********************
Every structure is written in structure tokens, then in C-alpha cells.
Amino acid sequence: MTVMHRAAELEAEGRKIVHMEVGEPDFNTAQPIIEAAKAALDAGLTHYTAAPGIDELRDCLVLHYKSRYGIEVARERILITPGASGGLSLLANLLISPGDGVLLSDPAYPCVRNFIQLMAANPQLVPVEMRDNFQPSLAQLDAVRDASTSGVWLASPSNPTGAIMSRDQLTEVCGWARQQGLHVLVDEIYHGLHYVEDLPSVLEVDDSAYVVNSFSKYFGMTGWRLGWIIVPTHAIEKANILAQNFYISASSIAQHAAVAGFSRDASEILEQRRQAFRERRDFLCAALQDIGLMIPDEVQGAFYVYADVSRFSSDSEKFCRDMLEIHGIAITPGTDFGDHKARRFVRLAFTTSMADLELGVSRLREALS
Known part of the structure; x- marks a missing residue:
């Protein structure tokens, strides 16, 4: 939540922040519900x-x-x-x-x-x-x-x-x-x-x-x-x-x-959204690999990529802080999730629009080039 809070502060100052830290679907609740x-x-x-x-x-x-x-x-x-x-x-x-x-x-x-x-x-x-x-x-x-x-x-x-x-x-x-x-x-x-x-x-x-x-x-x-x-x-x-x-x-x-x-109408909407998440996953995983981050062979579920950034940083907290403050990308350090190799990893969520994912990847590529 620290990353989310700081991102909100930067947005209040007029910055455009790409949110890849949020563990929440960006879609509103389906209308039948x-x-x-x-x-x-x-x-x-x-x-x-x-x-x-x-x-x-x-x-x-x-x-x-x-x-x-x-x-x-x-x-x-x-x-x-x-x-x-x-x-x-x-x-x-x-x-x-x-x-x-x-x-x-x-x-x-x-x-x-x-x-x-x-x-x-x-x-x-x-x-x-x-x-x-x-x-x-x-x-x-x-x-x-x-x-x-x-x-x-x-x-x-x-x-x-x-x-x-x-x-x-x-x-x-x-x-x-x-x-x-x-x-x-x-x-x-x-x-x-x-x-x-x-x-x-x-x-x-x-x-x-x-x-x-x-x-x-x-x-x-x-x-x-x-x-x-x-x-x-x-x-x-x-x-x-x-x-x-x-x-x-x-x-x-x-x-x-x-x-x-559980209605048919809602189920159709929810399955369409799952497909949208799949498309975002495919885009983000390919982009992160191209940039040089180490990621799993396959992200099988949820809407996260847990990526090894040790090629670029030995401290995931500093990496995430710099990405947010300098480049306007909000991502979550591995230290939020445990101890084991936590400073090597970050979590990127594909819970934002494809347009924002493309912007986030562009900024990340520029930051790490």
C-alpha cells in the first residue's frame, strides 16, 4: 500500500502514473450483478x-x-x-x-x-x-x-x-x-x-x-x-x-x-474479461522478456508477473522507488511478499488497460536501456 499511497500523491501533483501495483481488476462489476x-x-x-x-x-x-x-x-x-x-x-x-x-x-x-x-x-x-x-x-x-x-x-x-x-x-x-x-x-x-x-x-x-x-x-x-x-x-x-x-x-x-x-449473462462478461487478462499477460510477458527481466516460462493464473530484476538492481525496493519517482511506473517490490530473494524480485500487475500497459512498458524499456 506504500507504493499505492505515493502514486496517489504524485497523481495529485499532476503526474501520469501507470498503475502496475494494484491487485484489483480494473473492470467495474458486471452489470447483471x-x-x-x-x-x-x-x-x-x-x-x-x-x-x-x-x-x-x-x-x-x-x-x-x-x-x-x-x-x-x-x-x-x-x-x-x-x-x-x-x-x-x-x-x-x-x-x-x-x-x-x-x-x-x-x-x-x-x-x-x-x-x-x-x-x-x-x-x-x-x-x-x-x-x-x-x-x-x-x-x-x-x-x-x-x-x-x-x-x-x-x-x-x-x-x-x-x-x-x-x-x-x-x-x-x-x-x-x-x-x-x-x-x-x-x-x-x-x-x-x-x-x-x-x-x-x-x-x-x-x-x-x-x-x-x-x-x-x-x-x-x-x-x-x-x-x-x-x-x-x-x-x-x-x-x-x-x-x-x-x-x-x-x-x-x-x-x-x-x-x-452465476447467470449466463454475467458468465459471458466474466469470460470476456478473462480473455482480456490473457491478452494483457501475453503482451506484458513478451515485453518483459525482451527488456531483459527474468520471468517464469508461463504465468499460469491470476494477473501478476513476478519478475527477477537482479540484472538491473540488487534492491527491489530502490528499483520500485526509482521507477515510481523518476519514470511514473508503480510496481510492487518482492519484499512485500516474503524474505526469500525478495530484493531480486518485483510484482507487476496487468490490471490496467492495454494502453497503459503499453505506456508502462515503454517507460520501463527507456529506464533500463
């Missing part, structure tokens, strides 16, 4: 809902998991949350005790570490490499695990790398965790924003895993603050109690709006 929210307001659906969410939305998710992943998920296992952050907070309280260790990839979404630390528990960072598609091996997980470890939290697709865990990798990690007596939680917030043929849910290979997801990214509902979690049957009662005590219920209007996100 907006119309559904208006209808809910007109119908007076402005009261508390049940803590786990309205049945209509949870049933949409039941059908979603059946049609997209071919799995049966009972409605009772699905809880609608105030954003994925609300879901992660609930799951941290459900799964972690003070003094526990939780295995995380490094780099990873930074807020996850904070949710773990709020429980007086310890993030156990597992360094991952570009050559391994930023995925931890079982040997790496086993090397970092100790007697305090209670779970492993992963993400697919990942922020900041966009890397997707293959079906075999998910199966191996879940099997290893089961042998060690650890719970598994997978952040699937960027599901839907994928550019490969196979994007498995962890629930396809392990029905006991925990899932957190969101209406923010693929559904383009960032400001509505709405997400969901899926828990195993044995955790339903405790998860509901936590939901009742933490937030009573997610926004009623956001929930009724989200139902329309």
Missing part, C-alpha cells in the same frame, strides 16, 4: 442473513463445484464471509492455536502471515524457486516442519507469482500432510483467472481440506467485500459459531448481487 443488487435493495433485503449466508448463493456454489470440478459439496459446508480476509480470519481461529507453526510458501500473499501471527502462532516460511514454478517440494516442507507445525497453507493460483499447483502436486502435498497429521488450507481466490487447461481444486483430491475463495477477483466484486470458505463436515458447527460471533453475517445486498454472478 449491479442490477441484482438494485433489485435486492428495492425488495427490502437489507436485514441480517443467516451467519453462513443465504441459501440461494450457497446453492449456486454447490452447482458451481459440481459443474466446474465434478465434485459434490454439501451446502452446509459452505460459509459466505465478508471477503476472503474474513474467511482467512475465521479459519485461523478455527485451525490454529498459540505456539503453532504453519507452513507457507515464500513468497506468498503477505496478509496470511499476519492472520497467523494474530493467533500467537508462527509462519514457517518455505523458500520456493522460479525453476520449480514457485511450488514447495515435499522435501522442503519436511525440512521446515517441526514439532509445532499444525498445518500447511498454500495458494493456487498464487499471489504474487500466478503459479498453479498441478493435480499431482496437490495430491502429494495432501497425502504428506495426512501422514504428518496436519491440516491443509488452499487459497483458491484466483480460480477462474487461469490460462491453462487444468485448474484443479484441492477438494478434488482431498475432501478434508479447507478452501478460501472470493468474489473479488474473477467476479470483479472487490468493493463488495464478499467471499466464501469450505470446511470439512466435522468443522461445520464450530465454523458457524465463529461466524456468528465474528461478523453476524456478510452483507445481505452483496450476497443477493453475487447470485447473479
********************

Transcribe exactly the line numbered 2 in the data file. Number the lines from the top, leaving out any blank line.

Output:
Amino acid sequence: MTVMHRAAELEAEGRKIVHMEVGEPDFNTAQPIIEAAKAALDAGLTHYTAAPGIDELRDCLVLHYKSRYGIEVARERILITPGASGGLSLLANLLISPGDGVLLSDPAYPCVRNFIQLMAANPQLVPVEMRDNFQPSLAQLDAVRDASTSGVWLASPSNPTGAIMSRDQLTEVCGWARQQGLHVLVDEIYHGLHYVEDLPSVLEVDDSAYVVNSFSKYFGMTGWRLGWIIVPTHAIEKANILAQNFYISASSIAQHAAVAGFSRDASEILEQRRQAFRERRDFLCAALQDIGLMIPDEVQGAFYVYADVSRFSSDSEKFCRDMLEIHGIAITPGTDFGDHKARRFVRLAFTTSMADLELGVSRLREALS